My Top 3 Must Have Weaving Books
I am working on a longer post about how to get started in weaving because many people have been asking. I thought I'd start by sharing the weaving books that I rely on the most. Learning to weave is a bit like teaching yourself to play the violin. You can do it and it will eventually turn out great, but there will definitely be struggles along the way...and the lack of readily available, helpful information will make you want to pull your hair out.
Keep in mind that because the popularity of weaving fizzled a bit in the 1980s to the 2000s, second hand bookstores, estate sales and amazon may be your best bet for finding helpful weaving books. (this is also why my books look so beat up!). Most weaver's guilds also keep a library of books that members can borrow. You can find your local weaver's guild through this link - local weaver's guilds.
Here are my top weaving books in no particular order:
This book provides information on a range of weaving topics that are great for beginning weavers. The subjects include warping the loom (in case you are brand new to weaving, warping is how to set up the loom), how to correctly wind a bobbin, how to read a weaving pattern, different weaving structures, how to finish a piece and much more. I refer to this book a lot because it has great instructions. The descriptions are helpful and there are often actual photos of pieces in addition to drawings. The forward indicates that the book is designed as a textbook and the lessons should be woven in order, but I don't use it that way. It would be interesting to weave straight through the book. If you do it, let me know.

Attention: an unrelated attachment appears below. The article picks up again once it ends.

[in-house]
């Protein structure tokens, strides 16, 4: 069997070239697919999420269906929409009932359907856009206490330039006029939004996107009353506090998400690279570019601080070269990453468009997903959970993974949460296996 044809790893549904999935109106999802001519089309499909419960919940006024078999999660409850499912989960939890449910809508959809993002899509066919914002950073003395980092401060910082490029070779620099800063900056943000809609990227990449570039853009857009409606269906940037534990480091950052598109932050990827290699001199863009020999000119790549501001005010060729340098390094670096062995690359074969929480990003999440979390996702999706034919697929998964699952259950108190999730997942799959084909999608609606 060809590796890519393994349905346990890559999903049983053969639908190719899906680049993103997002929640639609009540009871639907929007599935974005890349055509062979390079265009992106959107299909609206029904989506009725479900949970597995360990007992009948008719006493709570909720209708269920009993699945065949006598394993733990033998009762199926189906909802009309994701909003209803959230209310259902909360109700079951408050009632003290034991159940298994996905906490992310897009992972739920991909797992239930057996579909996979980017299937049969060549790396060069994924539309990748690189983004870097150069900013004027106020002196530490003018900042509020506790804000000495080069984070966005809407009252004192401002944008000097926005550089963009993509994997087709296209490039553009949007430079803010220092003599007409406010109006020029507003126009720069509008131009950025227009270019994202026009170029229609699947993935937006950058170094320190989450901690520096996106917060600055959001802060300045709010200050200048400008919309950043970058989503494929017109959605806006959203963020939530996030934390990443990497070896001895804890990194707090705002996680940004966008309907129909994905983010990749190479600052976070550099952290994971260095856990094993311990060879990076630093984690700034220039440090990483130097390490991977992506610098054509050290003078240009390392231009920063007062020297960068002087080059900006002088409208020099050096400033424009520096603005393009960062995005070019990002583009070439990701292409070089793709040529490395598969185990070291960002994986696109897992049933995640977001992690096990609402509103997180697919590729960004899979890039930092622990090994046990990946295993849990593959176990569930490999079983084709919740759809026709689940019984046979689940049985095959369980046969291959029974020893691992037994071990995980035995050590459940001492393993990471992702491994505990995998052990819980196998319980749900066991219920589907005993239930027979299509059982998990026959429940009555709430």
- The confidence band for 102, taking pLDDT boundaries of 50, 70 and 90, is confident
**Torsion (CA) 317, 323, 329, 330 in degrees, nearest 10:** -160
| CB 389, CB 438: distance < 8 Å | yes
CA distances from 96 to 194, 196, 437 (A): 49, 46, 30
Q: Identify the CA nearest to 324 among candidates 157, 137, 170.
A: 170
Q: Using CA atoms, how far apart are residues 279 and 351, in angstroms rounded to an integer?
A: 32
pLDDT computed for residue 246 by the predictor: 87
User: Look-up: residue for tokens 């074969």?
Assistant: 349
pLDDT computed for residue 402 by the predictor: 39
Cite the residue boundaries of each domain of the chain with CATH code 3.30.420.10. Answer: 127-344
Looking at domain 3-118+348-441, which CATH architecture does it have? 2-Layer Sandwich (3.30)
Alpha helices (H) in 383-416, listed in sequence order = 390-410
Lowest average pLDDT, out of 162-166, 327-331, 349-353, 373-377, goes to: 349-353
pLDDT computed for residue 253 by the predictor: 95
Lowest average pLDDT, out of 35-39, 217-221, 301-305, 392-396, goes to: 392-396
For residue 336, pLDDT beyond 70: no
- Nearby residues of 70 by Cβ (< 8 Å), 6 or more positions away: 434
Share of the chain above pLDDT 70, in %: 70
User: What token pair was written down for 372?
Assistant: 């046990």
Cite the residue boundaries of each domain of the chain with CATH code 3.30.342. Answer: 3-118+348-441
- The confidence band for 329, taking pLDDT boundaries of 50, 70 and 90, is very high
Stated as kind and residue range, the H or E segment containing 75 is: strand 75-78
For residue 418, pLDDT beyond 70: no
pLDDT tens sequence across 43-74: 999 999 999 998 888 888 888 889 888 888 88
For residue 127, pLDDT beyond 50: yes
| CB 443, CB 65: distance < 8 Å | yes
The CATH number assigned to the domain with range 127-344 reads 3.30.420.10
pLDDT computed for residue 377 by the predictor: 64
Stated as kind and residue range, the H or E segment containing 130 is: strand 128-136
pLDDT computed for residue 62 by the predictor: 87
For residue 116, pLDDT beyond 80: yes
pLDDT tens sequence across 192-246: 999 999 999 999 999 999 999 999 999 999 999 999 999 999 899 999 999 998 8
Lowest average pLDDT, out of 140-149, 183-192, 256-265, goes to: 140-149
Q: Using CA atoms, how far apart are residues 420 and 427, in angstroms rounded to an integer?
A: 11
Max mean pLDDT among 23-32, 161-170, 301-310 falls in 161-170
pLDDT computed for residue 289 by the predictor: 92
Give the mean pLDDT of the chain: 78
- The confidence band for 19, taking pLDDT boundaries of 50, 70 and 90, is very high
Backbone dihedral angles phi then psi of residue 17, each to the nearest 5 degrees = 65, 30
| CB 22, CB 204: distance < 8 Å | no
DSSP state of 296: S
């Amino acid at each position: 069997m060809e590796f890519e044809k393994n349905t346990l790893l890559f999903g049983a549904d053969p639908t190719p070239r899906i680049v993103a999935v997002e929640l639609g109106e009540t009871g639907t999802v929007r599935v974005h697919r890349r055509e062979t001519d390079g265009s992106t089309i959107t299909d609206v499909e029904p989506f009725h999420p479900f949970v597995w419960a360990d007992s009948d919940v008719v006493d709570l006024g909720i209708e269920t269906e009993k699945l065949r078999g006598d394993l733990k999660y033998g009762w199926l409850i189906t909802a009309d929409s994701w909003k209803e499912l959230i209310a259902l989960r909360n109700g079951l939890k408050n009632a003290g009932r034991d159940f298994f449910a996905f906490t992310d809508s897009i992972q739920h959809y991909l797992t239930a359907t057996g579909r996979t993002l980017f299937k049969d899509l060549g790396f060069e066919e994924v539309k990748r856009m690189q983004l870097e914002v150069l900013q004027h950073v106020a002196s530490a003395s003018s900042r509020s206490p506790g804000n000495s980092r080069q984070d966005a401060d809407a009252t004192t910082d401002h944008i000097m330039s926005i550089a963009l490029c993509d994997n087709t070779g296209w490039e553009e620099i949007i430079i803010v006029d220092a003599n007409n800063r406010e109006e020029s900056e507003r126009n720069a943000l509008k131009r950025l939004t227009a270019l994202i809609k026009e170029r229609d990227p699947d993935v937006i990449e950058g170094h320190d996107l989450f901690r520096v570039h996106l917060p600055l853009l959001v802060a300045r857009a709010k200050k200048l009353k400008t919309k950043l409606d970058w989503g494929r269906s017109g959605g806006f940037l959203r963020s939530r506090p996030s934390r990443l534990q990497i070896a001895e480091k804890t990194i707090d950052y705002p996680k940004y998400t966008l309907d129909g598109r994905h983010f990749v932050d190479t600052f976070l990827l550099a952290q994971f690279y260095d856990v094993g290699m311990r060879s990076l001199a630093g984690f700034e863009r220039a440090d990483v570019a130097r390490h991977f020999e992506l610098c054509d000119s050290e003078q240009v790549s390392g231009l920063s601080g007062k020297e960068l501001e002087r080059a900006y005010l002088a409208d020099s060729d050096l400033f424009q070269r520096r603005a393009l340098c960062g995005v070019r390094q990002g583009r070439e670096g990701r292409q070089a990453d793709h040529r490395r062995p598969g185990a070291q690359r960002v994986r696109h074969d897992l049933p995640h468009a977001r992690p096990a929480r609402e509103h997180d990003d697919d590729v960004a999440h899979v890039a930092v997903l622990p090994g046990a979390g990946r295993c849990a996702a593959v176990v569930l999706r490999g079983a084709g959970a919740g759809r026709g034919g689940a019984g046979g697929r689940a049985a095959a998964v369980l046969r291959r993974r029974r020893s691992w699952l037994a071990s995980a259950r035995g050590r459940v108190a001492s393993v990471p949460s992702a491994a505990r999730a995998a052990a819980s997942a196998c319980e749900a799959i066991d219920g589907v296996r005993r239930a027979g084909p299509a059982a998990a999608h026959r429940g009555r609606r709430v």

This book includes a very short description or history of each type of weaving pattern - i.e., twill, Swedish lace, overshot, etc. - and then gets down to the meat of the weaving structures. It offers patterns without any instruction, so you will need to know how to warp the loom, use tabby, add a selvedge, etc. But if you follow Warp or Weft, you'll know that I weave from patterns in this book A LOT. I could probably weave forever on patterns and variations of the patterns in the Davison book alone. Some examples of patterns from the Davison book: Overshot Snail's Trail and Cat's Paw, Gertrude's Fancy, Swedish Lace, Monk's Belt. My advice about this book is to make sure that you do a draw down and a sample because the patterns don't always line up exactly with the photos in the book. I learned it the hard way, so you don't have to!
Note: The green Davison is the original book. They are now selling an orange book. I've heard it is not the same, but have not seen it yet. Be aware of this when you are buying the Davison book.
Even if you aren't specifically interested in weaving rugs, the Collingwood book offers excellent tips about weaving and finishing techniques. I find this book incredibly useful even though I have never woven a rug. It has great descriptions and drawings. I am especially drawn to the section on using multiple weft colors and the many different ways to interchange the strands of yarn. When I flip through it and see the drawings, it makes me want to try new things on the loom.
I hope you find these books as helpful as I do! Weaving is a bit different for everyone, so go ahead and share the top weaving books that you love in the comments below.